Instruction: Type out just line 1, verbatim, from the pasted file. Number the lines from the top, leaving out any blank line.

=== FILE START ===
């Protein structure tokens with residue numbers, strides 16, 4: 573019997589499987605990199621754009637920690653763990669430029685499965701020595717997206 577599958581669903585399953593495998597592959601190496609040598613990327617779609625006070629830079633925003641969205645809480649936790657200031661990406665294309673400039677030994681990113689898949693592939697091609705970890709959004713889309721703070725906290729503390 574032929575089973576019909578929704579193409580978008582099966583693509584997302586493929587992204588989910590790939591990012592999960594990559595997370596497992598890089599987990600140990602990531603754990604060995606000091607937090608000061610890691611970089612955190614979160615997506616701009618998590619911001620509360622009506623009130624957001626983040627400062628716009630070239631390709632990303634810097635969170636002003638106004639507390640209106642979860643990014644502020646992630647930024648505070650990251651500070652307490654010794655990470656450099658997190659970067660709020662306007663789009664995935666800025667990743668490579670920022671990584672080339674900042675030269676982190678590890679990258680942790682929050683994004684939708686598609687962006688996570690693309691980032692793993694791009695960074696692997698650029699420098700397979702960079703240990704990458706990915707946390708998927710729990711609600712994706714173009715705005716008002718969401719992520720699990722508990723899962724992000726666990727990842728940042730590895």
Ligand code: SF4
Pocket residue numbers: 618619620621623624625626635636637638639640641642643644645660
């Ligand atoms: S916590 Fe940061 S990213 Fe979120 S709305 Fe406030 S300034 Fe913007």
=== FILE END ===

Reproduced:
């Protein structure tokens with residue numbers, strides 16, 4: 573019997589499987605990199621754009637920690653763990669430029685499965701020595717997206 577599958581669903585399953593495998597592959601190496609040598613990327617779609625006070629830079633925003641969205645809480649936790657200031661990406665294309673400039677030994681990113689898949693592939697091609705970890709959004713889309721703070725906290729503390 574032929575089973576019909578929704579193409580978008582099966583693509584997302586493929587992204588989910590790939591990012592999960594990559595997370596497992598890089599987990600140990602990531603754990604060995606000091607937090608000061610890691611970089612955190614979160615997506616701009618998590619911001620509360622009506623009130624957001626983040627400062628716009630070239631390709632990303634810097635969170636002003638106004639507390640209106642979860643990014644502020646992630647930024648505070650990251651500070652307490654010794655990470656450099658997190659970067660709020662306007663789009664995935666800025667990743668490579670920022671990584672080339674900042675030269676982190678590890679990258680942790682929050683994004684939708686598609687962006688996570690693309691980032692793993694791009695960074696692997698650029699420098700397979702960079703240990704990458706990915707946390708998927710729990711609600712994706714173009715705005716008002718969401719992520720699990722508990723899962724992000726666990727990842728940042730590895």